Dolemite Is My Name
Dolemite is My Name is a typical biopic buoyed by its unrelenting hilarity, its affection for its subject and commitment to the time and place…
In 1999, “The Blair Witch Project” accomplished something that doesn’t seem possible only 17 years later. The internet was still young enough that a film like this one could come completely out of nowhere and take the world by storm. We weren’t yet exhausted with the conceit of found-footage filmmaking and “The Blair Witch Project” became a truly viral experience, something shared via word-of-mouth, and inevitably turned on via backlash. I saw the film early enough (before release) to experience it without the baggage of expectations and it was remarkably effective. 17 years later, director Adam Wingard and writer Simon Barrett (the team behind “You’re Next” and “The Guest”) take us back into the woods for a straight sequel to that film phenomenon, and we all learn that you really can’t ring the same bell twice.
James (James Allen McCune) has had his life defined by the fact that his sister Heather disappeared while searching for the Blair Witch, and Wingard/Barrett even incorporate the end of that movie—the terrifying house and the man in the corner—into the narrative of this one. A pair of internet personalities have found a DV tape in the woods near where Heather disappeared that shows someone or something racing up the stairs of that infamous house. James is convinced he can see his sister Heather in the footage. Could she still be alive after all this time? He needs answers.
James gathers three friends—Lisa (Callie Hernandez), Ashley (Corbin Reid) and Peter (Brandon Scott)—and the quartet equips themselves with every kind of recording device imaginable. Wingard and Barrett’s most clever take on the material is how much they capture the modern ability to record a moment to death. The team all wear GoPros, allowing for first-person perspectives throughout, but that’s just the beginning. There are iPads used to record, HD cameras strapped to trees, and even a drone that the team proposes they can use to send up for cheap helicopter shots or to orient themselves in the woods. These are kids who are not only amateur filmmakers but have grown up in an era in which documenting multiple angles of their lives is the norm.
The quartet gains two more members in their party when the pair who found the DV tape—Lane (Wes Robinson) and Talia (Valorie Curry)—tag along on the adventure into the deadly woods. There’s some brief set-up, but almost immediately the mood of this “Blair Witch” is different and ineffective. The gang shares the urban legends of the woods—a kid was dragged into the river by a mysterious hand, you can’t look the Blair Witch direct in the face without dying of fear—and we wait until we know things are going to get creepy. The set-up is the same—someone found this footage and assembled it into a horror movie—and while that felt fresh in the first film, it now just kind of drains the piece of tension because we know no one is making it out alive.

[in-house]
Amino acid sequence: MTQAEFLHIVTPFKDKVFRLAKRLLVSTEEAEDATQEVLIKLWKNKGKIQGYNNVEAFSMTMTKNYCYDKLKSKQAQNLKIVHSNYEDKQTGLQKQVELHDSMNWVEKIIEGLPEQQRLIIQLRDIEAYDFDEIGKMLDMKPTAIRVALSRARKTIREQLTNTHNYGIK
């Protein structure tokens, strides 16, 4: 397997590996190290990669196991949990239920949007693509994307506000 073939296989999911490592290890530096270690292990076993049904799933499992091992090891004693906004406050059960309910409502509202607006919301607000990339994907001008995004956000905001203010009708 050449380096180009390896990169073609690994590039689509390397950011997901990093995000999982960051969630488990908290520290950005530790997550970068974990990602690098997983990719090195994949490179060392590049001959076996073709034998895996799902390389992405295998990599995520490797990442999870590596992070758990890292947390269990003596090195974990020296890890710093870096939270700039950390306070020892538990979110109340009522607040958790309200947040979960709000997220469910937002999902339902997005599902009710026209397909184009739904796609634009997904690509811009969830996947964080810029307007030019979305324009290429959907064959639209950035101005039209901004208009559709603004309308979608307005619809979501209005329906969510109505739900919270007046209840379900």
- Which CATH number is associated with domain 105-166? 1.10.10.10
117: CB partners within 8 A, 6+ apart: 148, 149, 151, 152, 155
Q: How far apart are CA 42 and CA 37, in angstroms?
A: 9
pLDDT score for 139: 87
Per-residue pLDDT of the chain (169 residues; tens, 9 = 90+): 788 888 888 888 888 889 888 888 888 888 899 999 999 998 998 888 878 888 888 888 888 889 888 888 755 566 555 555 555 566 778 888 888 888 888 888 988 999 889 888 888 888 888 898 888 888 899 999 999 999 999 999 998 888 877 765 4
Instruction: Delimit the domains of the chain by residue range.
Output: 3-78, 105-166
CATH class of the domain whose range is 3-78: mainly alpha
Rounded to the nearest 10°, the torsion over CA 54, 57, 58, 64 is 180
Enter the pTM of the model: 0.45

Of course, it’s not long before bad things start happening. The first is actually a little unexpected in that Ashley slips in a river they’re crossing and cuts her foot badly, making it harder for her to travel. While that’s a minor problem, the major ones soon surface, often accompanied by screaming and stunningly loud noises. It’s hard to say that the first film was “subtle,” but I’m surprised at how much Wingard goes for shock and awe this time in terms of sound design. It sounds like a bulldozer is going through the woods and knocking over trees. There’s nothing relatably creepy about that. The original built tension off sounds in the distance and that general fear that comes from being in the middle of nowhere. This one seeks to numb you with booming noises while someone plays catch with a GoPro.
There are moments that work. Wingard’s eye is
still prominent, even in the found footage concept—such as in the way a bit with an
ill-advised tree climb is visually framed or a claustrophobic bit in the final
act that I admit I had to turn away from. But the movie gets its most mileage
from the minor beats like waking up at 7 a.m. to find it still dark out (remember,
time is fluid in these woods) or the production design of a house that looks
like it’s literally rotting from the inside. As for the major beats? What’s scarier—someone
yelling boo or the sound of someone, or something, whispering it in the
distance? “Blair Witch” has plenty of yelling, but not nearly enough that gets
under your skin.
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